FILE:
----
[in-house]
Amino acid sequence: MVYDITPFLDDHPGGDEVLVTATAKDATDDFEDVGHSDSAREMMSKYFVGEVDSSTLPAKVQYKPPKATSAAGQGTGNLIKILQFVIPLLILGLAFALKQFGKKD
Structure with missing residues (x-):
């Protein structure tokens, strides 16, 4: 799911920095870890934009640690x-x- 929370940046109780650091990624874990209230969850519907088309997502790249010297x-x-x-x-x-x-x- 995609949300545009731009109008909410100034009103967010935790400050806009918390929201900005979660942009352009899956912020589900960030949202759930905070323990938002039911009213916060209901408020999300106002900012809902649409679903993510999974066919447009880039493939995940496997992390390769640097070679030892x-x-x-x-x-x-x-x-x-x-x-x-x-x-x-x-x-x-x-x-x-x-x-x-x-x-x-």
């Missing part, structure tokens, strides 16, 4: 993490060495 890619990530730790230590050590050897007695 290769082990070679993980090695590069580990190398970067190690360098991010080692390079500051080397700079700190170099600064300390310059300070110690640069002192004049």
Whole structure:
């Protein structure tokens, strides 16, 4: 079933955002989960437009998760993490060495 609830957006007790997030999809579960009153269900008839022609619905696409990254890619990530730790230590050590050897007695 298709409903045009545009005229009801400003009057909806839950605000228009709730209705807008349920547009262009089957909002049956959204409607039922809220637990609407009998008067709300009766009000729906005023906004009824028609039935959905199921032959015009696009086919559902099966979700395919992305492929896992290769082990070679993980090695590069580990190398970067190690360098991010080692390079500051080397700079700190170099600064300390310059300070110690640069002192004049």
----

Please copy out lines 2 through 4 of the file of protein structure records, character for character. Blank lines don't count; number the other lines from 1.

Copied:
Amino acid sequence: MVYDITPFLDDHPGGDEVLVTATAKDATDDFEDVGHSDSAREMMSKYFVGEVDSSTLPAKVQYKPPKATSAAGQGTGNLIKILQFVIPLLILGLAFALKQFGKKD
Structure with missing residues (x-):
């Protein structure tokens, strides 16, 4: 799911920095870890934009640690x-x- 929370940046109780650091990624874990209230969850519907088309997502790249010297x-x-x-x-x-x-x- 995609949300545009731009109008909410100034009103967010935790400050806009918390929201900005979660942009352009899956912020589900960030949202759930905070323990938002039911009213916060209901408020999300106002900012809902649409679903993510999974066919447009880039493939995940496997992390390769640097070679030892x-x-x-x-x-x-x-x-x-x-x-x-x-x-x-x-x-x-x-x-x-x-x-x-x-x-x-």